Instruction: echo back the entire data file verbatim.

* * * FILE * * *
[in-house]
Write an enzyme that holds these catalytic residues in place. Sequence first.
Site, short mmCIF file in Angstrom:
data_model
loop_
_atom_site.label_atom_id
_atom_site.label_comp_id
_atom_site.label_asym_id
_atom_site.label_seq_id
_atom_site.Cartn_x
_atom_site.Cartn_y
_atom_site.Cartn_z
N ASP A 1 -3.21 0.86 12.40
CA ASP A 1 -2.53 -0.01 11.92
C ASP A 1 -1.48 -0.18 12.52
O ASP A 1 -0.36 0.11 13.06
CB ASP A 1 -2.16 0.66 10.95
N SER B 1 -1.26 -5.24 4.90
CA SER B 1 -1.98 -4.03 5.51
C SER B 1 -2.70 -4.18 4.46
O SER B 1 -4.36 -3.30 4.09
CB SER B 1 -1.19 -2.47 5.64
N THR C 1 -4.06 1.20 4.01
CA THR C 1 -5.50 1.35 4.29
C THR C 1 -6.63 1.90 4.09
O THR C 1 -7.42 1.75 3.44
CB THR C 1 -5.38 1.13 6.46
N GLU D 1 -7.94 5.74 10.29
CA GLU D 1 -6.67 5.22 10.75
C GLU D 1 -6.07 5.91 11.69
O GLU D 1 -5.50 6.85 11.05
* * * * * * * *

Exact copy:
[in-house]
Write an enzyme that holds these catalytic residues in place. Sequence first.
Site, short mmCIF file in Angstrom:
data_model
loop_
_atom_site.label_atom_id
_atom_site.label_comp_id
_atom_site.label_asym_id
_atom_site.label_seq_id
_atom_site.Cartn_x
_atom_site.Cartn_y
_atom_site.Cartn_z
N ASP A 1 -3.21 0.86 12.40
CA ASP A 1 -2.53 -0.01 11.92
C ASP A 1 -1.48 -0.18 12.52
O ASP A 1 -0.36 0.11 13.06
CB ASP A 1 -2.16 0.66 10.95
N SER B 1 -1.26 -5.24 4.90
CA SER B 1 -1.98 -4.03 5.51
C SER B 1 -2.70 -4.18 4.46
O SER B 1 -4.36 -3.30 4.09
CB SER B 1 -1.19 -2.47 5.64
N THR C 1 -4.06 1.20 4.01
CA THR C 1 -5.50 1.35 4.29
C THR C 1 -6.63 1.90 4.09
O THR C 1 -7.42 1.75 3.44
CB THR C 1 -5.38 1.13 6.46
N GLU D 1 -7.94 5.74 10.29
CA GLU D 1 -6.67 5.22 10.75
C GLU D 1 -6.07 5.91 11.69
O GLU D 1 -5.50 6.85 11.05